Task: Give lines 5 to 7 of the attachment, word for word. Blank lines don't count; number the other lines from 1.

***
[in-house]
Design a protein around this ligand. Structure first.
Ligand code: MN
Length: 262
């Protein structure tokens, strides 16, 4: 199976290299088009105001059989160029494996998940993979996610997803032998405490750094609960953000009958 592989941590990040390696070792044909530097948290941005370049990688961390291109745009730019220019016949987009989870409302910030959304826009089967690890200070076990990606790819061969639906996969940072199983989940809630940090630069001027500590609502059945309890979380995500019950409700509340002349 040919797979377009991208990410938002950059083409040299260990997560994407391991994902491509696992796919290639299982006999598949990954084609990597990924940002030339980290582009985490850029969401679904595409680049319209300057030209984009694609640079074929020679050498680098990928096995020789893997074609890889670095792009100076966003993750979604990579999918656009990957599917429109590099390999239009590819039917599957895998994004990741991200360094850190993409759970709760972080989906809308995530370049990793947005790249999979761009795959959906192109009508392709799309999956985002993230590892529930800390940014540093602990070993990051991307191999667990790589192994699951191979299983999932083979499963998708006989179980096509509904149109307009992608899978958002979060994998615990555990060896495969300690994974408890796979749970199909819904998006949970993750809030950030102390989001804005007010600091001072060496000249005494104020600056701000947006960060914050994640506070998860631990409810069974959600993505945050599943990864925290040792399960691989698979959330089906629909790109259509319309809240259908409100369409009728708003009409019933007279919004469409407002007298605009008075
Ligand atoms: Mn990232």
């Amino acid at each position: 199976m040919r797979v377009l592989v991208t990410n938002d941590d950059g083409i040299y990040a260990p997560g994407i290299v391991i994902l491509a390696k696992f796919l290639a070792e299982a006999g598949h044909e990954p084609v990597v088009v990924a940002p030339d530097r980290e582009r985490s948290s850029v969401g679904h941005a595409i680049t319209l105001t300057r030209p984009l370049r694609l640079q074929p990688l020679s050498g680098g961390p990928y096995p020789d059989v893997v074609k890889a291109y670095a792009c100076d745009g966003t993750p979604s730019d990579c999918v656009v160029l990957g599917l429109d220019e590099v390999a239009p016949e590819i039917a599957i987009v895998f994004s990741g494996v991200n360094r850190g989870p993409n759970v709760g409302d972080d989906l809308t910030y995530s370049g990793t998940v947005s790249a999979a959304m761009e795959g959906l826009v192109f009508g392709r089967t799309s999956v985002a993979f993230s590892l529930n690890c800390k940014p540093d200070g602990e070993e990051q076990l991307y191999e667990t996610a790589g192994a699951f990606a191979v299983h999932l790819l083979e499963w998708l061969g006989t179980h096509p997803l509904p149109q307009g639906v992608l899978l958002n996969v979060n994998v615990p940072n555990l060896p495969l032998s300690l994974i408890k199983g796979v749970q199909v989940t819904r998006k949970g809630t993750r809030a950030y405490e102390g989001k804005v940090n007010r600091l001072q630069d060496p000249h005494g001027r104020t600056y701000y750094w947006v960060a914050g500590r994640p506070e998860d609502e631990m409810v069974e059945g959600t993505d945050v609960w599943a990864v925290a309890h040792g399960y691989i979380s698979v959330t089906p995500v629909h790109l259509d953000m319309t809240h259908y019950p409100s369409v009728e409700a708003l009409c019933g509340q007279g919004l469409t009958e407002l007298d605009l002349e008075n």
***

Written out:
């Protein structure tokens, strides 16, 4: 199976290299088009105001059989160029494996998940993979996610997803032998405490750094609960953000009958 592989941590990040390696070792044909530097948290941005370049990688961390291109745009730019220019016949987009989870409302910030959304826009089967690890200070076990990606790819061969639906996969940072199983989940809630940090630069001027500590609502059945309890979380995500019950409700509340002349 040919797979377009991208990410938002950059083409040299260990997560994407391991994902491509696992796919290639299982006999598949990954084609990597990924940002030339980290582009985490850029969401679904595409680049319209300057030209984009694609640079074929020679050498680098990928096995020789893997074609890889670095792009100076966003993750979604990579999918656009990957599917429109590099390999239009590819039917599957895998994004990741991200360094850190993409759970709760972080989906809308995530370049990793947005790249999979761009795959959906192109009508392709799309999956985002993230590892529930800390940014540093602990070993990051991307191999667990790589192994699951191979299983999932083979499963998708006989179980096509509904149109307009992608899978958002979060994998615990555990060896495969300690994974408890796979749970199909819904998006949970993750809030950030102390989001804005007010600091001072060496000249005494104020600056701000947006960060914050994640506070998860631990409810069974959600993505945050599943990864925290040792399960691989698979959330089906629909790109259509319309809240259908409100369409009728708003009409019933007279919004469409407002007298605009008075
Ligand atoms: Mn990232």
């Amino acid at each position: 199976m040919r797979v377009l592989v991208t990410n938002d941590d950059g083409i040299y990040a260990p997560g994407i290299v391991i994902l491509a390696k696992f796919l290639a070792e299982a006999g598949h044909e990954p084609v990597v088009v990924a940002p030339d530097r980290e582009r985490s948290s850029v969401g679904h941005a595409i680049t319209l105001t300057r030209p984009l370049r694609l640079q074929p990688l020679s050498g680098g961390p990928y096995p020789d059989v893997v074609k890889a291109y670095a792009c100076d745009g966003t993750p979604s730019d990579c999918v656009v160029l990957g599917l429109d220019e590099v390999a239009p016949e590819i039917a599957i987009v895998f994004s990741g494996v991200n360094r850190g989870p993409n759970v709760g409302d972080d989906l809308t910030y995530s370049g990793t998940v947005s790249a999979a959304m761009e795959g959906l826009v192109f009508g392709r089967t799309s999956v985002a993979f993230s590892l529930n690890c800390k940014p540093d200070g602990e070993e990051q076990l991307y191999e667990t996610a790589g192994a699951f990606a191979v299983h999932l790819l083979e499963w998708l061969g006989t179980h096509p997803l509904p149109q307009g639906v992608l899978l958002n996969v979060n994998v615990p940072n555990l060896p495969l032998s300690l994974i408890k199983g796979v749970q199909v989940t819904r998006k949970g809630t993750r809030a950030y405490e102390g989001k804005v940090n007010r600091l001072q630069d060496p000249h005494g001027r104020t600056y701000y750094w947006v960060a914050g500590r994640p506070e998860d609502e631990m409810v069974e059945g959600t993505d945050v609960w599943a990864v925290a309890h040792g399960y691989i979380s698979v959330t089906p995500v629909h790109l259509d953000m319309t809240h259908y019950p409100s369409v009728e409700a708003l009409c019933g509340q007279g919004l469409t009958e407002l007298d605009l002349e008075n």